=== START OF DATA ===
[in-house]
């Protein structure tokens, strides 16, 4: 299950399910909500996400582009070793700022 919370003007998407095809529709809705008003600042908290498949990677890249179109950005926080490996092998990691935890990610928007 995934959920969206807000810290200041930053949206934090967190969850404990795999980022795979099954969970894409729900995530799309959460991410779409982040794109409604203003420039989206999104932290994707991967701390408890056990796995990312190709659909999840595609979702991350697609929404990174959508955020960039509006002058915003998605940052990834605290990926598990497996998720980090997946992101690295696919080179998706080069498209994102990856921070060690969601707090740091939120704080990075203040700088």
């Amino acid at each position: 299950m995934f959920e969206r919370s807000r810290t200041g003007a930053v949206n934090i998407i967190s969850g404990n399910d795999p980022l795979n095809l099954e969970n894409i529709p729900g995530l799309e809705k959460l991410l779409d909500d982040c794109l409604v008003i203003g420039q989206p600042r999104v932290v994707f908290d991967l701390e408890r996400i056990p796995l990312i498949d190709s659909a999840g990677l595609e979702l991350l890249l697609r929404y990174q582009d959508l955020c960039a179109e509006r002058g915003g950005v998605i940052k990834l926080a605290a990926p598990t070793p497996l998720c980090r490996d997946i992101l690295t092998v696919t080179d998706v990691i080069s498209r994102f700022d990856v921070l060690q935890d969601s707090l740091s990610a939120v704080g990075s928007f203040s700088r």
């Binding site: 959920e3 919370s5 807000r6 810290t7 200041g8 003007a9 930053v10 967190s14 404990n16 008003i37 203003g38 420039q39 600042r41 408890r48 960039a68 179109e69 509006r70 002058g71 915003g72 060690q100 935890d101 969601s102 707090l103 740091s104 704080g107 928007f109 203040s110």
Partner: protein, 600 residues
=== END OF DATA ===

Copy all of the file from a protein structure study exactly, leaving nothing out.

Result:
[in-house]
């Protein structure tokens, strides 16, 4: 299950399910909500996400582009070793700022 919370003007998407095809529709809705008003600042908290498949990677890249179109950005926080490996092998990691935890990610928007 995934959920969206807000810290200041930053949206934090967190969850404990795999980022795979099954969970894409729900995530799309959460991410779409982040794109409604203003420039989206999104932290994707991967701390408890056990796995990312190709659909999840595609979702991350697609929404990174959508955020960039509006002058915003998605940052990834605290990926598990497996998720980090997946992101690295696919080179998706080069498209994102990856921070060690969601707090740091939120704080990075203040700088």
């Amino acid at each position: 299950m995934f959920e969206r919370s807000r810290t200041g003007a930053v949206n934090i998407i967190s969850g404990n399910d795999p980022l795979n095809l099954e969970n894409i529709p729900g995530l799309e809705k959460l991410l779409d909500d982040c794109l409604v008003i203003g420039q989206p600042r999104v932290v994707f908290d991967l701390e408890r996400i056990p796995l990312i498949d190709s659909a999840g990677l595609e979702l991350l890249l697609r929404y990174q582009d959508l955020c960039a179109e509006r002058g915003g950005v998605i940052k990834l926080a605290a990926p598990t070793p497996l998720c980090r490996d997946i992101l690295t092998v696919t080179d998706v990691i080069s498209r994102f700022d990856v921070l060690q935890d969601s707090l740091s990610a939120v704080g990075s928007f203040s700088r």
């Binding site: 959920e3 919370s5 807000r6 810290t7 200041g8 003007a9 930053v10 967190s14 404990n16 008003i37 203003g38 420039q39 600042r41 408890r48 960039a68 179109e69 509006r70 002058g71 915003g72 060690q100 935890d101 969601s102 707090l103 740091s104 704080g107 928007f109 203040s110």
Partner: protein, 600 residues